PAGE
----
In the meantime, God is with us here on earth, helping us to get through the pain, loving us and helping us to love others, opening our eyes to the wonderfulness of life here and now and promising that no matter when individual lives on earth end, that isn’t the complete end of those lives.
God understands pain. In Jesus Christ, God absorbed all the pain his torturers could inflict on him and never let himself be lowered to their level—he never let himself hate. Even and especially on the cross he radiated love—love that is stronger than pain, stronger than hate, stronger than death itself. God also understands helplessness; God the Father had to let his Son suffer and die without intervening so that he could absorb all of the world’s brokenness in his broken body on the cross, and so begin making the world new.
So if we’re ever in pain or ever feel helpless, God understands. God’s been there.
And as painful as suffering and death are, God promises that they are not the end.
St. Paul writes in today’s Epistle, “even though our outer nature is wasting away, our inner nature is being renewed day by day.” That happened with Scott. His illness was not just the last part of his life on earth; it became, you could say, “spring training” for his new life in heaven. His inner nature was being renewed day by day. And his renewal did not just benefit him; his precocious spiritual strength is an inspiration to us all. Just two days before he died, he reminded his mother they needed to pray for courage. He already had it, and got more.
The Lord is our shepherd. “Though I walk through the valley of the shadow of death, I will fear no evil, for you are with me.”
Jesus promised his disciples—and all the faithful—in today’s Gospel reading that “I will come again and I will take you to myself, that where I am, you may be also.” Christ has been through death to new life—life unfettered by any illness, pain, disability or sorrow. Life without limits. Christ during his earthly ministry took children in his arms and blessed them; he always had time for kids. He still does.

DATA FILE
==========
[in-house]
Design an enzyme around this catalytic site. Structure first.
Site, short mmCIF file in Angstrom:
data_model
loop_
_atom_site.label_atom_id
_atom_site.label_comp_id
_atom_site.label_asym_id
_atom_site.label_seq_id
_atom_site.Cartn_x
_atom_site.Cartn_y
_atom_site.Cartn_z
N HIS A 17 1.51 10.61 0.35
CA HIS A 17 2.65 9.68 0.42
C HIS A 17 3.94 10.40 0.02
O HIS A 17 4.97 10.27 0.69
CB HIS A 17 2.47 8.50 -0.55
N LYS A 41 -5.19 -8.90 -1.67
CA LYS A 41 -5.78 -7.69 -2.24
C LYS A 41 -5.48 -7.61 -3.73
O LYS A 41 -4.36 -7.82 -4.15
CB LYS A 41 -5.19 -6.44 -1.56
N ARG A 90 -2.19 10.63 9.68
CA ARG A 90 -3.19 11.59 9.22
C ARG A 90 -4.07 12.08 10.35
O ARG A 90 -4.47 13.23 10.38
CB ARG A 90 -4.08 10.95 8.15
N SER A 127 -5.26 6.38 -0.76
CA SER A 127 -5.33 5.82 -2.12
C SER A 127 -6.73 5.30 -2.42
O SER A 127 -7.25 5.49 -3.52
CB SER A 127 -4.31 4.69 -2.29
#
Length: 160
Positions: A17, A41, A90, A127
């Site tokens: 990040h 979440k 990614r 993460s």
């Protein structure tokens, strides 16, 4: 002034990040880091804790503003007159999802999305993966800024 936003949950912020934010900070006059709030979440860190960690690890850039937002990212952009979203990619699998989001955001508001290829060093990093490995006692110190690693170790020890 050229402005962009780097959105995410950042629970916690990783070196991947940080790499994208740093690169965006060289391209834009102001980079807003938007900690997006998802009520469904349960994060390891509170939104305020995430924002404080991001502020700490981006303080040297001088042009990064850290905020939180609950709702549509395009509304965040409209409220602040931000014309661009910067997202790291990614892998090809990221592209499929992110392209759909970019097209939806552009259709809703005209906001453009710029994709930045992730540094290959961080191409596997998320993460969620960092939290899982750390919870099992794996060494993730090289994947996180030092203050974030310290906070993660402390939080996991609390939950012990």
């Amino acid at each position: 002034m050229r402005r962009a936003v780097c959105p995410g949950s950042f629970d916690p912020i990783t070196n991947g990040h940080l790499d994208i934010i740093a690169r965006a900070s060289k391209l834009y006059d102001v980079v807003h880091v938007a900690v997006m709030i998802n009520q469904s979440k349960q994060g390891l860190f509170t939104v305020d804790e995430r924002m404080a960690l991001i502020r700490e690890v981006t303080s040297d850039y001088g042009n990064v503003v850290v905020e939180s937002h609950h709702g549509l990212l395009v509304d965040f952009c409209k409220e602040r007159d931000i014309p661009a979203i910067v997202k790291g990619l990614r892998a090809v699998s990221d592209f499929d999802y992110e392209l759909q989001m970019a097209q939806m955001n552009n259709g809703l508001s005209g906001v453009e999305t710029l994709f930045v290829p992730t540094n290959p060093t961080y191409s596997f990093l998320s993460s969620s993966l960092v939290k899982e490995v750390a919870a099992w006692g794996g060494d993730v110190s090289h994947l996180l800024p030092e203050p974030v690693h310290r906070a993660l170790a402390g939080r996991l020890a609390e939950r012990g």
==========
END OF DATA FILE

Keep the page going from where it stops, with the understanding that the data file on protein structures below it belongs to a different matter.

Imagine what Scott is learning now about animals from the One who made all creatures great and small.
So today is a day we really hurt. Though Scott doesn’t hurt anymore. And today is a day it’s o.k. to ask “why?” Though ultimately, perhaps that isn’t really the big question. Perhaps the question is “How should we live?” I propose that we live with as much love of life as Scott had, and that we use the love that Scott inspired to join God in the healing of the world. There is a tidal wave of love that Scott inspired which has been visible all week, is visible today, and can continue to be visible for a long time to come.
Our broken world has too many children who no one takes to ponds to look for animals, who no one teaches to play soccer or to draw, who no one serves as a scoutmaster or a swim coach or T-ball instructor or Sunday School teacher, who no one reads bedtime stories to or teaches to pray, or visits when they’re in the hospital, or comforts when they’re lonely or discouraged. Let’s find some of those kids and share our love with them and make a difference in their lives, and when we see their eyes sparkle, we can say to ourselves, “This is for you, Scott: thanks for reminding us how to live.”
Scott’s O.K. now. Actually, he’s way better than O.K. It’s we who hurt. But we only hurt because we love, and therein lies the cure: not to love less but to love more, and to let the love of God flow into us and through us not only to give us hope for heaven, but to inspire us to make this world a little more heavenly.
(The Rev.) Francis A. Hubbard
St. Barnabas Episcopal Church”